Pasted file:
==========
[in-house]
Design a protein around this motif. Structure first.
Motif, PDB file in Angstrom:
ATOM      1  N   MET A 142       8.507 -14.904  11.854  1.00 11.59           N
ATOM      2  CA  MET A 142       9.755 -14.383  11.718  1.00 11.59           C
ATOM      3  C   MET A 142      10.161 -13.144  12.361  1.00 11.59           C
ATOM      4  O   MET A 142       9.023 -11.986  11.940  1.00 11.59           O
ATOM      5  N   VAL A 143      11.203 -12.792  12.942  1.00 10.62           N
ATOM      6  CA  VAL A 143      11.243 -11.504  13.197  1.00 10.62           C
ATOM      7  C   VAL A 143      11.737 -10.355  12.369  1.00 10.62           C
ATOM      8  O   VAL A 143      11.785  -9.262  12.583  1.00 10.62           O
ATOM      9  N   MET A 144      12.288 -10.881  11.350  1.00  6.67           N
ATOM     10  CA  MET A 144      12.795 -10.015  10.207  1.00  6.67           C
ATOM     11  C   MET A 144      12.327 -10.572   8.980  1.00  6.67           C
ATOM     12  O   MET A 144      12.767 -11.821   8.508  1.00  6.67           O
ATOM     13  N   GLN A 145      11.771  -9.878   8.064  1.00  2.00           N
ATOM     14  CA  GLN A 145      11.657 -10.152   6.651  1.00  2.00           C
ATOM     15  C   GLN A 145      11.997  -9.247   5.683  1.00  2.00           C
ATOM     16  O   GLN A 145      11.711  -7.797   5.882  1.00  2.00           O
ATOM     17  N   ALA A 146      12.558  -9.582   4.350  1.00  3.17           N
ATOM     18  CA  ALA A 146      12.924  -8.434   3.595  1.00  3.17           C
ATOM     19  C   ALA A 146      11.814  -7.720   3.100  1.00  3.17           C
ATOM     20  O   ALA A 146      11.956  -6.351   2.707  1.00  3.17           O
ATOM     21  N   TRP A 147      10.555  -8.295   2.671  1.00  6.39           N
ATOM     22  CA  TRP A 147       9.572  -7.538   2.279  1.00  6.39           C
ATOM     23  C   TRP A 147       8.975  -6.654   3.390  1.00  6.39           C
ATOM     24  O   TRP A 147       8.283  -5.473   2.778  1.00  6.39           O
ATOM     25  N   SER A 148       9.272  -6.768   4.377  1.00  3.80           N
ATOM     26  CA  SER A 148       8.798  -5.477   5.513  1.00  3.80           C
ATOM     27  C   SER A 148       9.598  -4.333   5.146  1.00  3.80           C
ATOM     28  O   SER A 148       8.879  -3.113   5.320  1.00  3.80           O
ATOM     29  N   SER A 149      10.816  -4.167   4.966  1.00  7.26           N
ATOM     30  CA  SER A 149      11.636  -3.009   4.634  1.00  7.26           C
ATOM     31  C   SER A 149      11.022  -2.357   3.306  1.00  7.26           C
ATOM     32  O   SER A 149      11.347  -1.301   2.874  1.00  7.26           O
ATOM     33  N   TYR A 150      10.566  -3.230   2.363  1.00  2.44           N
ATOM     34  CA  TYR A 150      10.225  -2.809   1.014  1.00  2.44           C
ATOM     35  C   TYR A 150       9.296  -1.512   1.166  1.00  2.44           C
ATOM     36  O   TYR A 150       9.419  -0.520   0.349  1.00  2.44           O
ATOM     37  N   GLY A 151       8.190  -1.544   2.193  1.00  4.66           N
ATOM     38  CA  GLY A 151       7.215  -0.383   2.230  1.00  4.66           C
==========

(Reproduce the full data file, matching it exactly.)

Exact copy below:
[in-house]
Design a protein around this motif. Structure first.
Motif, PDB file in Angstrom:
ATOM      1  N   MET A 142       8.507 -14.904  11.854  1.00 11.59           N
ATOM      2  CA  MET A 142       9.755 -14.383  11.718  1.00 11.59           C
ATOM      3  C   MET A 142      10.161 -13.144  12.361  1.00 11.59           C
ATOM      4  O   MET A 142       9.023 -11.986  11.940  1.00 11.59           O
ATOM      5  N   VAL A 143      11.203 -12.792  12.942  1.00 10.62           N
ATOM      6  CA  VAL A 143      11.243 -11.504  13.197  1.00 10.62           C
ATOM      7  C   VAL A 143      11.737 -10.355  12.369  1.00 10.62           C
ATOM      8  O   VAL A 143      11.785  -9.262  12.583  1.00 10.62           O
ATOM      9  N   MET A 144      12.288 -10.881  11.350  1.00  6.67           N
ATOM     10  CA  MET A 144      12.795 -10.015  10.207  1.00  6.67           C
ATOM     11  C   MET A 144      12.327 -10.572   8.980  1.00  6.67           C
ATOM     12  O   MET A 144      12.767 -11.821   8.508  1.00  6.67           O
ATOM     13  N   GLN A 145      11.771  -9.878   8.064  1.00  2.00           N
ATOM     14  CA  GLN A 145      11.657 -10.152   6.651  1.00  2.00           C
ATOM     15  C   GLN A 145      11.997  -9.247   5.683  1.00  2.00           C
ATOM     16  O   GLN A 145      11.711  -7.797   5.882  1.00  2.00           O
ATOM     17  N   ALA A 146      12.558  -9.582   4.350  1.00  3.17           N
ATOM     18  CA  ALA A 146      12.924  -8.434   3.595  1.00  3.17           C
ATOM     19  C   ALA A 146      11.814  -7.720   3.100  1.00  3.17           C
ATOM     20  O   ALA A 146      11.956  -6.351   2.707  1.00  3.17           O
ATOM     21  N   TRP A 147      10.555  -8.295   2.671  1.00  6.39           N
ATOM     22  CA  TRP A 147       9.572  -7.538   2.279  1.00  6.39           C
ATOM     23  C   TRP A 147       8.975  -6.654   3.390  1.00  6.39           C
ATOM     24  O   TRP A 147       8.283  -5.473   2.778  1.00  6.39           O
ATOM     25  N   SER A 148       9.272  -6.768   4.377  1.00  3.80           N
ATOM     26  CA  SER A 148       8.798  -5.477   5.513  1.00  3.80           C
ATOM     27  C   SER A 148       9.598  -4.333   5.146  1.00  3.80           C
ATOM     28  O   SER A 148       8.879  -3.113   5.320  1.00  3.80           O
ATOM     29  N   SER A 149      10.816  -4.167   4.966  1.00  7.26           N
ATOM     30  CA  SER A 149      11.636  -3.009   4.634  1.00  7.26           C
ATOM     31  C   SER A 149      11.022  -2.357   3.306  1.00  7.26           C
ATOM     32  O   SER A 149      11.347  -1.301   2.874  1.00  7.26           O
ATOM     33  N   TYR A 150      10.566  -3.230   2.363  1.00  2.44           N
ATOM     34  CA  TYR A 150      10.225  -2.809   1.014  1.00  2.44           C
ATOM     35  C   TYR A 150       9.296  -1.512   1.166  1.00  2.44           C
ATOM     36  O   TYR A 150       9.419  -0.520   0.349  1.00  2.44           O
ATOM     37  N   GLY A 151       8.190  -1.544   2.193  1.00  4.66           N
ATOM     38  CA  GLY A 151       7.215  -0.383   2.230  1.00  4.66           C